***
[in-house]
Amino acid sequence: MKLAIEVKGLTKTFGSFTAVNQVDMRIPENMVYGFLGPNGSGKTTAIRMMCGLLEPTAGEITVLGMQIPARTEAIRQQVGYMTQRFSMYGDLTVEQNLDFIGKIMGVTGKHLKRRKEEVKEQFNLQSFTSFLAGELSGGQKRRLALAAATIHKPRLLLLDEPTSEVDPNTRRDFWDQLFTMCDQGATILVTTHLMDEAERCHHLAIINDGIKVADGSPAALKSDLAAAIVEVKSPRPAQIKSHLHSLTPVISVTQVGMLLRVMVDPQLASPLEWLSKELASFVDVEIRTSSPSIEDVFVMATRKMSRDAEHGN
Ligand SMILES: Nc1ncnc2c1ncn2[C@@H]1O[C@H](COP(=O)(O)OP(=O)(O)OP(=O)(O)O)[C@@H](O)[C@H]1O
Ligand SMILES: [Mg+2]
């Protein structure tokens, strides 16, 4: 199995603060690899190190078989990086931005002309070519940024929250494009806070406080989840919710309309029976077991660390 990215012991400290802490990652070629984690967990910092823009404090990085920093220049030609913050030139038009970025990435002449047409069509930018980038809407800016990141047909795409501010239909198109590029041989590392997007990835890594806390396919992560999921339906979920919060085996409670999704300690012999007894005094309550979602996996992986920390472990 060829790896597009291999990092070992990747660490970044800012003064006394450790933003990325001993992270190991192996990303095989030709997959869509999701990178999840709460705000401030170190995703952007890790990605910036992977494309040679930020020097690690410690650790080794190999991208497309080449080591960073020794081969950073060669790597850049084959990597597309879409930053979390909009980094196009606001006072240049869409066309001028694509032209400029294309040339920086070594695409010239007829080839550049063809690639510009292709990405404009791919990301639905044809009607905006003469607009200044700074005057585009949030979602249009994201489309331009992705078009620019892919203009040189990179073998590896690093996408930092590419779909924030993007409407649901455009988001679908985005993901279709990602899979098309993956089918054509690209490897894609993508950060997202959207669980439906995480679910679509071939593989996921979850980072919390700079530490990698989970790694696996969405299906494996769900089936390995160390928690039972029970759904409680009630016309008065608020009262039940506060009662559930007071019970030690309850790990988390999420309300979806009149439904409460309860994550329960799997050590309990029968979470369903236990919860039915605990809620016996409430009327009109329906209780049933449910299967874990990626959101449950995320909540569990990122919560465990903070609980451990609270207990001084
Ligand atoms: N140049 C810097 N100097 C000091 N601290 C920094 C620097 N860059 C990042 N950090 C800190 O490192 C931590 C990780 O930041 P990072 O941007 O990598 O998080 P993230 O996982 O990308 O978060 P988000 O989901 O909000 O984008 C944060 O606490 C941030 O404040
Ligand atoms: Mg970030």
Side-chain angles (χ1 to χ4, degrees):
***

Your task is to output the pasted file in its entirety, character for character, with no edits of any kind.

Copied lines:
[in-house]
Amino acid sequence: MKLAIEVKGLTKTFGSFTAVNQVDMRIPENMVYGFLGPNGSGKTTAIRMMCGLLEPTAGEITVLGMQIPARTEAIRQQVGYMTQRFSMYGDLTVEQNLDFIGKIMGVTGKHLKRRKEEVKEQFNLQSFTSFLAGELSGGQKRRLALAAATIHKPRLLLLDEPTSEVDPNTRRDFWDQLFTMCDQGATILVTTHLMDEAERCHHLAIINDGIKVADGSPAALKSDLAAAIVEVKSPRPAQIKSHLHSLTPVISVTQVGMLLRVMVDPQLASPLEWLSKELASFVDVEIRTSSPSIEDVFVMATRKMSRDAEHGN
Ligand SMILES: Nc1ncnc2c1ncn2[C@@H]1O[C@H](COP(=O)(O)OP(=O)(O)OP(=O)(O)O)[C@@H](O)[C@H]1O
Ligand SMILES: [Mg+2]
């Protein structure tokens, strides 16, 4: 199995603060690899190190078989990086931005002309070519940024929250494009806070406080989840919710309309029976077991660390 990215012991400290802490990652070629984690967990910092823009404090990085920093220049030609913050030139038009970025990435002449047409069509930018980038809407800016990141047909795409501010239909198109590029041989590392997007990835890594806390396919992560999921339906979920919060085996409670999704300690012999007894005094309550979602996996992986920390472990 060829790896597009291999990092070992990747660490970044800012003064006394450790933003990325001993992270190991192996990303095989030709997959869509999701990178999840709460705000401030170190995703952007890790990605910036992977494309040679930020020097690690410690650790080794190999991208497309080449080591960073020794081969950073060669790597850049084959990597597309879409930053979390909009980094196009606001006072240049869409066309001028694509032209400029294309040339920086070594695409010239007829080839550049063809690639510009292709990405404009791919990301639905044809009607905006003469607009200044700074005057585009949030979602249009994201489309331009992705078009620019892919203009040189990179073998590896690093996408930092590419779909924030993007409407649901455009988001679908985005993901279709990602899979098309993956089918054509690209490897894609993508950060997202959207669980439906995480679910679509071939593989996921979850980072919390700079530490990698989970790694696996969405299906494996769900089936390995160390928690039972029970759904409680009630016309008065608020009262039940506060009662559930007071019970030690309850790990988390999420309300979806009149439904409460309860994550329960799997050590309990029968979470369903236990919860039915605990809620016996409430009327009109329906209780049933449910299967874990990626959101449950995320909540569990990122919560465990903070609980451990609270207990001084
Ligand atoms: N140049 C810097 N100097 C000091 N601290 C920094 C620097 N860059 C990042 N950090 C800190 O490192 C931590 C990780 O930041 P990072 O941007 O990598 O998080 P993230 O996982 O990308 O978060 P988000 O989901 O909000 O984008 C944060 O606490 C941030 O404040
Ligand atoms: Mg970030």
Side-chain angles (χ1 to χ4, degrees):